What does that tell us about the way we can add two numbers?

Do we always have to add the second number to the first number?

Record what you have learned in your learning log

17

Ten-Frames: The most common and perhaps most important model for relating

numbers to five and ten is the ten-frame. The ten-frame is simply a 2 × 5 array in which

counters or dots are placed to illustrate numbers.

Van de Walle p. 133

Flipping Dominoes

Children add both numbers on a domino. If the domino is flipped and the numbers are added in

reverse order, what do you notice?

Cubes

Clothes Hanger

Use a clothes hanger with three blue pegs on one side and two white pegs on the other side. ‘Three

and two altogether make five.’ Now turn the hanger around. ‘Two and three altogether make 5.

Elicit from the pupils what they have noticed to draw their attention to the commutative property.

Partitioning: through practical partitioning activities as advocated in the Ready, Set, Go – Maths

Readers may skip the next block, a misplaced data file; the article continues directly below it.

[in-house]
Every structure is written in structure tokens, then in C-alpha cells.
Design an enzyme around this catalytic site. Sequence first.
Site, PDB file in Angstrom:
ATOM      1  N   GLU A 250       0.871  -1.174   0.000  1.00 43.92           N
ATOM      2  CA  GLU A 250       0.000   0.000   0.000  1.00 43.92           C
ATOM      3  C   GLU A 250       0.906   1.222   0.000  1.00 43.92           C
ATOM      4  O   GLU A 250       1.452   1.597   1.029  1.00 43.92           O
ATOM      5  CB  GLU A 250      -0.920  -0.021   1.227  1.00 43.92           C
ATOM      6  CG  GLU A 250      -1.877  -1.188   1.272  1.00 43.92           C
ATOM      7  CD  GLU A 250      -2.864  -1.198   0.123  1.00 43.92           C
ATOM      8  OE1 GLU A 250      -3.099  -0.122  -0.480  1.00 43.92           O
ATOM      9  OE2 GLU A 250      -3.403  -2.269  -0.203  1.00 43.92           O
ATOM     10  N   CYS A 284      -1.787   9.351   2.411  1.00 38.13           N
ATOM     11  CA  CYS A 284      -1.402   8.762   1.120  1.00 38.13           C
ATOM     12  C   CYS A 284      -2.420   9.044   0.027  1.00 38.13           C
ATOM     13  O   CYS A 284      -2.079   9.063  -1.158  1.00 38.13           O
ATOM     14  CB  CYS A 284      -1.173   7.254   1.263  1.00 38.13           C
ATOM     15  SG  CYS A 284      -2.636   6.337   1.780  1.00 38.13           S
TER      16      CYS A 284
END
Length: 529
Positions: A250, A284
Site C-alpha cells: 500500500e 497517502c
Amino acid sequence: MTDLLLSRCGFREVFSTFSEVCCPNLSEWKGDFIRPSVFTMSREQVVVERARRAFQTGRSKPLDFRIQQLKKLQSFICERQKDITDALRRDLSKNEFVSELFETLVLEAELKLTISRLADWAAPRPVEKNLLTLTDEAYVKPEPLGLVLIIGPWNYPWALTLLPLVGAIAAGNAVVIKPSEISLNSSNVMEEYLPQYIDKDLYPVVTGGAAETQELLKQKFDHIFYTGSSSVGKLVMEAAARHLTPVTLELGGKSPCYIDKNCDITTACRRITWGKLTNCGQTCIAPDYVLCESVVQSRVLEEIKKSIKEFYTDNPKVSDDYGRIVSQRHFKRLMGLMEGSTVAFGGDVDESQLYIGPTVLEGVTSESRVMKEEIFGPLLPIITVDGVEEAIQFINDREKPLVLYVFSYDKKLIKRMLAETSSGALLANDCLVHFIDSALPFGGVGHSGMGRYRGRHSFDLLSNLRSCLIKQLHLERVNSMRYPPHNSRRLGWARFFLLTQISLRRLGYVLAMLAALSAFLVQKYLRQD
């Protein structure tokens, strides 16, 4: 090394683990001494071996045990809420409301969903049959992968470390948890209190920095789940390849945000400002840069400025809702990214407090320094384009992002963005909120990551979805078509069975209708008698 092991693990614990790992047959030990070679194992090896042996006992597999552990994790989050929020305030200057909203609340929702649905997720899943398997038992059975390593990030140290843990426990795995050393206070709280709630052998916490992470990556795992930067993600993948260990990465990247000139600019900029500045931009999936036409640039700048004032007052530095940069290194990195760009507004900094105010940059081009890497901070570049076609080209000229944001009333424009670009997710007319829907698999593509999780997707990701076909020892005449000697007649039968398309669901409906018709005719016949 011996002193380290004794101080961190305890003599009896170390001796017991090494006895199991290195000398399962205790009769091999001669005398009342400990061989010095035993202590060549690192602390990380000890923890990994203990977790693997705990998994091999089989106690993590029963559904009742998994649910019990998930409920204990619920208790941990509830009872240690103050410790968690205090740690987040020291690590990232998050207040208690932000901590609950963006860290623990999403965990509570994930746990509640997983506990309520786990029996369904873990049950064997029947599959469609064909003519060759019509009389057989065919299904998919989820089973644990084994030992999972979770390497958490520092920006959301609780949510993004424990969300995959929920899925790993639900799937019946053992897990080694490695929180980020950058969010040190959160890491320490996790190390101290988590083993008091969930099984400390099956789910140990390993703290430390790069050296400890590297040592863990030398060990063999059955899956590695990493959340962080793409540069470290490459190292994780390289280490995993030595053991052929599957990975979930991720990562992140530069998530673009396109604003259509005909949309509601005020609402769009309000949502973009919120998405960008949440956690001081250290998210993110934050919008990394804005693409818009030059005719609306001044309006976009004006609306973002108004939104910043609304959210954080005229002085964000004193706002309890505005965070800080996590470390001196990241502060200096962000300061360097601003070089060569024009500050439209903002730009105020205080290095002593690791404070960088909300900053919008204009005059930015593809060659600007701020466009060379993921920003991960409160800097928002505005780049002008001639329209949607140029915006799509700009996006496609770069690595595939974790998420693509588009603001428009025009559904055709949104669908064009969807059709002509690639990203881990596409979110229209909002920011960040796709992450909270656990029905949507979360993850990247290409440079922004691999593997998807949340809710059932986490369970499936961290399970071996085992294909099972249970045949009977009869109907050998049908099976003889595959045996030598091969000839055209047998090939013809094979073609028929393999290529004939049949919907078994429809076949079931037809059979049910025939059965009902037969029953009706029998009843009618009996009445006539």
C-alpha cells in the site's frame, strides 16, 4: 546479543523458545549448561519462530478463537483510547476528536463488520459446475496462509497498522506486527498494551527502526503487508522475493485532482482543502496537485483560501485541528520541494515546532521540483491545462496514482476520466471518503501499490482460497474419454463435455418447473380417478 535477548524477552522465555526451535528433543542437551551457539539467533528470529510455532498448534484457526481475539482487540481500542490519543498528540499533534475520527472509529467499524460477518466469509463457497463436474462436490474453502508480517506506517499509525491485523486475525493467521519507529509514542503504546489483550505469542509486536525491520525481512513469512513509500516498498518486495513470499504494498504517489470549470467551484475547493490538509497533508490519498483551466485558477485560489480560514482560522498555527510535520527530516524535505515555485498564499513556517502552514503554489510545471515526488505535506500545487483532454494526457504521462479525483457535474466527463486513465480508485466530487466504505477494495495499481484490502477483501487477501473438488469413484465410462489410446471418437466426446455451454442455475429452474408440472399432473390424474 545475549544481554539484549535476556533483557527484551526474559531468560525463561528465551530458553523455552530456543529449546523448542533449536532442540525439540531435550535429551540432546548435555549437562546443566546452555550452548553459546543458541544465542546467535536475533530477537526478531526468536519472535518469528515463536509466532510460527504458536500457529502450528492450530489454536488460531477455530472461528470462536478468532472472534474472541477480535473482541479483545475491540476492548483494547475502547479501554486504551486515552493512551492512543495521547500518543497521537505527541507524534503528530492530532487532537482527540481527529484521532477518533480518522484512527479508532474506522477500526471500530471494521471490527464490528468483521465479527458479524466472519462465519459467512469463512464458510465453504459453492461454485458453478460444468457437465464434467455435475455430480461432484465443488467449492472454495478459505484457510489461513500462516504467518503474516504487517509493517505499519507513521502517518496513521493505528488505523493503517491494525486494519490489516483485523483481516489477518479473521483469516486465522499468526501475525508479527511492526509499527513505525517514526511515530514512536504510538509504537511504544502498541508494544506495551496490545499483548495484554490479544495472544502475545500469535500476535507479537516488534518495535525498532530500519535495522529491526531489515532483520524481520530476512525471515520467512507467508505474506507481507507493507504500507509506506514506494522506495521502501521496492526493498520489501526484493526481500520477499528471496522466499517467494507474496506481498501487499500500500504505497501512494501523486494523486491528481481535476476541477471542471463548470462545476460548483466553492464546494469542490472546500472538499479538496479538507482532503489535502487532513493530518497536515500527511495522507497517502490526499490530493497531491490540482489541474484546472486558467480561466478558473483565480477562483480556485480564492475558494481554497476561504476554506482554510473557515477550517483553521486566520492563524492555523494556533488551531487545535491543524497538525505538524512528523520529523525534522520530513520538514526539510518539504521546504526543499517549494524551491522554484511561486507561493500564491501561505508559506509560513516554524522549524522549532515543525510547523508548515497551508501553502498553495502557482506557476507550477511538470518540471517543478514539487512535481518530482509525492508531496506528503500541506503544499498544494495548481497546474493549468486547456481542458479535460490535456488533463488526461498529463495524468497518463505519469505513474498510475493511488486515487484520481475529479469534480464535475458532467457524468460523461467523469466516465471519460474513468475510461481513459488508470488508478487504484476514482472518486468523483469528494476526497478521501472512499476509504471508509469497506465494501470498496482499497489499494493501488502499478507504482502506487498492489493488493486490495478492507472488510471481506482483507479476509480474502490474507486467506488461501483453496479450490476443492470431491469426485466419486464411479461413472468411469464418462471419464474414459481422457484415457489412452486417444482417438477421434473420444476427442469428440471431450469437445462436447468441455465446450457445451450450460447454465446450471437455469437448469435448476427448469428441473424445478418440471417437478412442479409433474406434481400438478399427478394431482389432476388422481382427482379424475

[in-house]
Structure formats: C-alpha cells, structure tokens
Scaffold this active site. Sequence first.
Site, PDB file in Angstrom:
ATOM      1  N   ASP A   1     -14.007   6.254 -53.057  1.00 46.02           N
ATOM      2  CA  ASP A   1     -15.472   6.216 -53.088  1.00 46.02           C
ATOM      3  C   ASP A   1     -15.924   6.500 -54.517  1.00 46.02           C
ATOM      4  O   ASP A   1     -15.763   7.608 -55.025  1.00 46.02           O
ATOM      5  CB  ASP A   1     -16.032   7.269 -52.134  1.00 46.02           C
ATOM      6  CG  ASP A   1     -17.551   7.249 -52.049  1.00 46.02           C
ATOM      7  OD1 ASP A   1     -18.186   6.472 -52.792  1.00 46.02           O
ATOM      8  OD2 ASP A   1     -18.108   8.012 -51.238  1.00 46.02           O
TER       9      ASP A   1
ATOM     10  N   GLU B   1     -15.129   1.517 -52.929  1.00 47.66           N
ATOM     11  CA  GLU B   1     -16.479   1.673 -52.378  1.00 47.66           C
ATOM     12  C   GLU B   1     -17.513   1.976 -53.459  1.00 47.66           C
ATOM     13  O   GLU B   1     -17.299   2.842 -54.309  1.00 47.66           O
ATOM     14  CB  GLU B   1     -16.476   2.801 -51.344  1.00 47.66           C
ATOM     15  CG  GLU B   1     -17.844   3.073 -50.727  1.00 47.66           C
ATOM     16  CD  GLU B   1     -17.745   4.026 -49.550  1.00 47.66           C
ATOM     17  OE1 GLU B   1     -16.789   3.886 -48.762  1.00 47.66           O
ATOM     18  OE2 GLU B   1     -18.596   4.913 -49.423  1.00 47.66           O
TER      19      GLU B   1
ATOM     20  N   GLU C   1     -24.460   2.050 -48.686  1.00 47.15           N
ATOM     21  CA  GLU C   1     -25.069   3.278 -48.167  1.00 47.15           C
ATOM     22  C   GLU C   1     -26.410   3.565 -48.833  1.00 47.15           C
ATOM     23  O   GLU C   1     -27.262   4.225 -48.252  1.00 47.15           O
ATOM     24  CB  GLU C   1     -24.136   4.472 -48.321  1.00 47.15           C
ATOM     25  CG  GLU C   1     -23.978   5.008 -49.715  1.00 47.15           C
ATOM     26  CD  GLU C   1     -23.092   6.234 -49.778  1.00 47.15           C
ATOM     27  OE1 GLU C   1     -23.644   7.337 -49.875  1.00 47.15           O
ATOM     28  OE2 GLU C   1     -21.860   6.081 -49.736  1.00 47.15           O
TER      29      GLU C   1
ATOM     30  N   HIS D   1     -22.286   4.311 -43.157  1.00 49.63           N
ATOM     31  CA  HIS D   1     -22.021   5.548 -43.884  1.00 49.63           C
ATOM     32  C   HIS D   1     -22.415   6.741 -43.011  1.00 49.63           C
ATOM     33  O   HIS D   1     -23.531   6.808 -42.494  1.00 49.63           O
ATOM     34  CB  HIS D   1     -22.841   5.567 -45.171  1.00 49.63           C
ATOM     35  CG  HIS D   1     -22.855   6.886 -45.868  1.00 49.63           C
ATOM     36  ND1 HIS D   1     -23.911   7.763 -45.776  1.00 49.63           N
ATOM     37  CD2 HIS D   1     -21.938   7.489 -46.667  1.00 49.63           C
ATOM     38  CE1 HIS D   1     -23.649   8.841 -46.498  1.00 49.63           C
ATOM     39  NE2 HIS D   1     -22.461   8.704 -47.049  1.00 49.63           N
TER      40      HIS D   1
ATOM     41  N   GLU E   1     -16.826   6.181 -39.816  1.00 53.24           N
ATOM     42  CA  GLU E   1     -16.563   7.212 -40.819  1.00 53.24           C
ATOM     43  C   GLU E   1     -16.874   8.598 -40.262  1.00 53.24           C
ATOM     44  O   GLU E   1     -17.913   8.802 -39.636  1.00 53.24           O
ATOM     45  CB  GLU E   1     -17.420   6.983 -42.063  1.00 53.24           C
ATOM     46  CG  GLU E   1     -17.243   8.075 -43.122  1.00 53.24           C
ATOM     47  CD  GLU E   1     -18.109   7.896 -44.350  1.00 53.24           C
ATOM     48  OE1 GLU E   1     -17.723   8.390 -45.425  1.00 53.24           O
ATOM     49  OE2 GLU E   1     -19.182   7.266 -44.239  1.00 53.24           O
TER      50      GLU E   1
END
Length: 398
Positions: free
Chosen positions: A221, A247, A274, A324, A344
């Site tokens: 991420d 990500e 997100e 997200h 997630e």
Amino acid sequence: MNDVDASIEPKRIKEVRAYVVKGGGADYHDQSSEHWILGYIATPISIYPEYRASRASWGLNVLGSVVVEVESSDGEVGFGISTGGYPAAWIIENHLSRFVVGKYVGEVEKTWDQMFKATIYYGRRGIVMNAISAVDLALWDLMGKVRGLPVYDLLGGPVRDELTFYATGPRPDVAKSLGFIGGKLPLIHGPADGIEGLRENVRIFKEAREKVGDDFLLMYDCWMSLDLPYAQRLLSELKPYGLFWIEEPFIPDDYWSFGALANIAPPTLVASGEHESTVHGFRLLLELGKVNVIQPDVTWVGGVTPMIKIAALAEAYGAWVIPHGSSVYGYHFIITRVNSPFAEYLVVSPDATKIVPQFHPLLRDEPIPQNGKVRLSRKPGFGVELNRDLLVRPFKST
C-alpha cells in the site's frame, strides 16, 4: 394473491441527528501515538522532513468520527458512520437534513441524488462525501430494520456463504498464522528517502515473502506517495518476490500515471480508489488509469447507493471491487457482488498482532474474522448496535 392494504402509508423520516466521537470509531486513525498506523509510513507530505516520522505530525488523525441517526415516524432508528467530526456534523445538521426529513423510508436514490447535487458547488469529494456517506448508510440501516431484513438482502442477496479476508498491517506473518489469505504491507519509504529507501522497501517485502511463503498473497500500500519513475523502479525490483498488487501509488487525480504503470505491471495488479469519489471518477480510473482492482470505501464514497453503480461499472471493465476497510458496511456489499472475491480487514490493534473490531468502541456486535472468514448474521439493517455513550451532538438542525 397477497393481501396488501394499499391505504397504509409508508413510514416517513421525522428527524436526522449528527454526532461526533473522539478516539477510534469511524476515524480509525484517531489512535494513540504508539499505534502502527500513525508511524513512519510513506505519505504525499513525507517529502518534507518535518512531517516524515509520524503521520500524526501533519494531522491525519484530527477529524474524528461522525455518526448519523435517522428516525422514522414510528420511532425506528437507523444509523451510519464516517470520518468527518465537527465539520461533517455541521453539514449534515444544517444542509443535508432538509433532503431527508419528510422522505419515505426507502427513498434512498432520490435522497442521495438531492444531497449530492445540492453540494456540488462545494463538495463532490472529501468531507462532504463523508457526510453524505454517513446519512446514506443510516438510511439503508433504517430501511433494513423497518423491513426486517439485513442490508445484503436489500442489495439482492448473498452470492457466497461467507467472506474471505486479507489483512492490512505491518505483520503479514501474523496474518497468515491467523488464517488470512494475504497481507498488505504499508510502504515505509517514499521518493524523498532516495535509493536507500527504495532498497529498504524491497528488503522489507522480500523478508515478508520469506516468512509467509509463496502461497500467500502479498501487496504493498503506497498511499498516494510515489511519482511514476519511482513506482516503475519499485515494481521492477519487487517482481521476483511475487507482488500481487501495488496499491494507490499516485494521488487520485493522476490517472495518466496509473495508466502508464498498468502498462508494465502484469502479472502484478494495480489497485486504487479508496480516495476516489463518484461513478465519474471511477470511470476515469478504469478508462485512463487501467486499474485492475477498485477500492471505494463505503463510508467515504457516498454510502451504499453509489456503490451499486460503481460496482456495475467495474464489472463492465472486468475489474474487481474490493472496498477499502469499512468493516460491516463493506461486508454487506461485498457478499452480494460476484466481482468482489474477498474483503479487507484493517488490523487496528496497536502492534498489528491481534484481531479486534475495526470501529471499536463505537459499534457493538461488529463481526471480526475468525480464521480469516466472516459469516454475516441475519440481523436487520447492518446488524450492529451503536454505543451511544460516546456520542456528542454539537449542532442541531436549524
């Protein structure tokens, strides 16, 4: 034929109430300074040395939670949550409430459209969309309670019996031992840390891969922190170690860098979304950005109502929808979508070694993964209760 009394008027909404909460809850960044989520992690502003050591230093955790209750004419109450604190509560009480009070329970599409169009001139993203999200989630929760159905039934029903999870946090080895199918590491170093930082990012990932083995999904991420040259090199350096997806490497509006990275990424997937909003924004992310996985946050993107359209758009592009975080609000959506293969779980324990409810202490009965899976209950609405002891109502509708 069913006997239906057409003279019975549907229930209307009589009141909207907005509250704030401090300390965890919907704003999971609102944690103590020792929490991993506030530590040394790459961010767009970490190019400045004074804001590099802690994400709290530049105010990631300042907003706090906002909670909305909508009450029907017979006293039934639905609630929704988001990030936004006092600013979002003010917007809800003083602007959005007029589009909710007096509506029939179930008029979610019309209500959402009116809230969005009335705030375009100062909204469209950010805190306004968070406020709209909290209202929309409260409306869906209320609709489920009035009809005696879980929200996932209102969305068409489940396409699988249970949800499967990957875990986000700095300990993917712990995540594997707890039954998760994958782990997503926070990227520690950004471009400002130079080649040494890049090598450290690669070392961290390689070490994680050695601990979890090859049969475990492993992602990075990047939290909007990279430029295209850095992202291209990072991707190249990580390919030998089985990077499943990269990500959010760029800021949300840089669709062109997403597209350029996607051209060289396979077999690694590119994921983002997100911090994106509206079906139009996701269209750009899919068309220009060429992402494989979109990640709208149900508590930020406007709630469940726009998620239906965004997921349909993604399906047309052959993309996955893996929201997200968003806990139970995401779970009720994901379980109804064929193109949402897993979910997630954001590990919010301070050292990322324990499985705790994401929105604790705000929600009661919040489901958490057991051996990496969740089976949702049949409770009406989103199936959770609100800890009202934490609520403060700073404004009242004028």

programme, pupils will gain valuable experience of the commutative property.

set of 5, both facts of 5, 4 + 1 and its

commutative equivalent, 1 + 4 are

practically constructed by the pupils.

18

Associative Property

The above concrete activities to develop the commutative property can be adapted to develop the

associative property of addition with pupils. Simply use addition sums involving three addends.

Adding Zero

Occasionally pupils feel that 6 + 0 must be more than 6 because ‘adding makes

numbers bigger’ or that 12 – 0 must be 11 because ‘subtracting makes numbers

smaller’. Instead of making arbitrary-sounding rules about adding and subtracting zero,

build opportunities for discussing zero into the problem-solving routine.

Van de Walle p. 154

Pose problems involving zero. For example, Robert had eaten 8 grapes. He was too full to eat any

more. How many did Robert eat altogether? In discussion of the problem, use drawings/counters to

illustrate the empty set (zero).

See PDST counting document and green section of Ready, Set, Go – Maths.

Doubles Strategy

Multi-link cubes: Use multi-link cubes to build up a visual picture of each double with the

children.

double-decker bus with five windows on

top and five windows on the bottom or a